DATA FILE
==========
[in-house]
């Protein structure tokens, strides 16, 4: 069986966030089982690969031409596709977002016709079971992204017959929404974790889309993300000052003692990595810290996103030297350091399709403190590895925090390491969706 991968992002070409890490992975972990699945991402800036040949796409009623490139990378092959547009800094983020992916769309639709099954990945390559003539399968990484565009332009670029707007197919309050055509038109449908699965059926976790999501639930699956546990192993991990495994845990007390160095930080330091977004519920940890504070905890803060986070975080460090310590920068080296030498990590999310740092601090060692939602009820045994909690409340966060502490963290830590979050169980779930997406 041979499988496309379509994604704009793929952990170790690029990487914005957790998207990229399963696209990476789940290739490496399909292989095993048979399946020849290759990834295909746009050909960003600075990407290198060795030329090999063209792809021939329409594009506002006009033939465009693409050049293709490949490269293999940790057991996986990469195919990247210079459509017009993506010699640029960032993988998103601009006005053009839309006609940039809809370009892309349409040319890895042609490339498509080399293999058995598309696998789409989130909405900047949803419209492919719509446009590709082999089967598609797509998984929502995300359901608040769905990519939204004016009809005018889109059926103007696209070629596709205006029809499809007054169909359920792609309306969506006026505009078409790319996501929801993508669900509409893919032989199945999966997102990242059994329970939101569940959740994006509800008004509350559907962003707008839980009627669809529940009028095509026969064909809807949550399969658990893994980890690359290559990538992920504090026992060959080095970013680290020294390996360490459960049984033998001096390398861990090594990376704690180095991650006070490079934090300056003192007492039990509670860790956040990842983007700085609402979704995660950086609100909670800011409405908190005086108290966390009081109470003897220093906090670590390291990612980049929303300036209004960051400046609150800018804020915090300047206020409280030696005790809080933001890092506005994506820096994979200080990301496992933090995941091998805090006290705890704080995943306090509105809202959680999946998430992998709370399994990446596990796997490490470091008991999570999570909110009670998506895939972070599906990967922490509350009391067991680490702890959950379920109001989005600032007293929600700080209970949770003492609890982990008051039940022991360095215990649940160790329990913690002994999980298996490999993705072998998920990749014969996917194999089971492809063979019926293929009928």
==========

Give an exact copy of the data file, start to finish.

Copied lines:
[in-house]
């Protein structure tokens, strides 16, 4: 069986966030089982690969031409596709977002016709079971992204017959929404974790889309993300000052003692990595810290996103030297350091399709403190590895925090390491969706 991968992002070409890490992975972990699945991402800036040949796409009623490139990378092959547009800094983020992916769309639709099954990945390559003539399968990484565009332009670029707007197919309050055509038109449908699965059926976790999501639930699956546990192993991990495994845990007390160095930080330091977004519920940890504070905890803060986070975080460090310590920068080296030498990590999310740092601090060692939602009820045994909690409340966060502490963290830590979050169980779930997406 041979499988496309379509994604704009793929952990170790690029990487914005957790998207990229399963696209990476789940290739490496399909292989095993048979399946020849290759990834295909746009050909960003600075990407290198060795030329090999063209792809021939329409594009506002006009033939465009693409050049293709490949490269293999940790057991996986990469195919990247210079459509017009993506010699640029960032993988998103601009006005053009839309006609940039809809370009892309349409040319890895042609490339498509080399293999058995598309696998789409989130909405900047949803419209492919719509446009590709082999089967598609797509998984929502995300359901608040769905990519939204004016009809005018889109059926103007696209070629596709205006029809499809007054169909359920792609309306969506006026505009078409790319996501929801993508669900509409893919032989199945999966997102990242059994329970939101569940959740994006509800008004509350559907962003707008839980009627669809529940009028095509026969064909809807949550399969658990893994980890690359290559990538992920504090026992060959080095970013680290020294390996360490459960049984033998001096390398861990090594990376704690180095991650006070490079934090300056003192007492039990509670860790956040990842983007700085609402979704995660950086609100909670800011409405908190005086108290966390009081109470003897220093906090670590390291990612980049929303300036209004960051400046609150800018804020915090300047206020409280030696005790809080933001890092506005994506820096994979200080990301496992933090995941091998805090006290705890704080995943306090509105809202959680999946998430992998709370399994990446596990796997490490470091008991999570999570909110009670998506895939972070599906990967922490509350009391067991680490702890959950379920109001989005600032007293929600700080209970949770003492609890982990008051039940022991360095215990649940160790329990913690002994999980298996490999993705072998998920990749014969996917194999089971492809063979019926293929009928």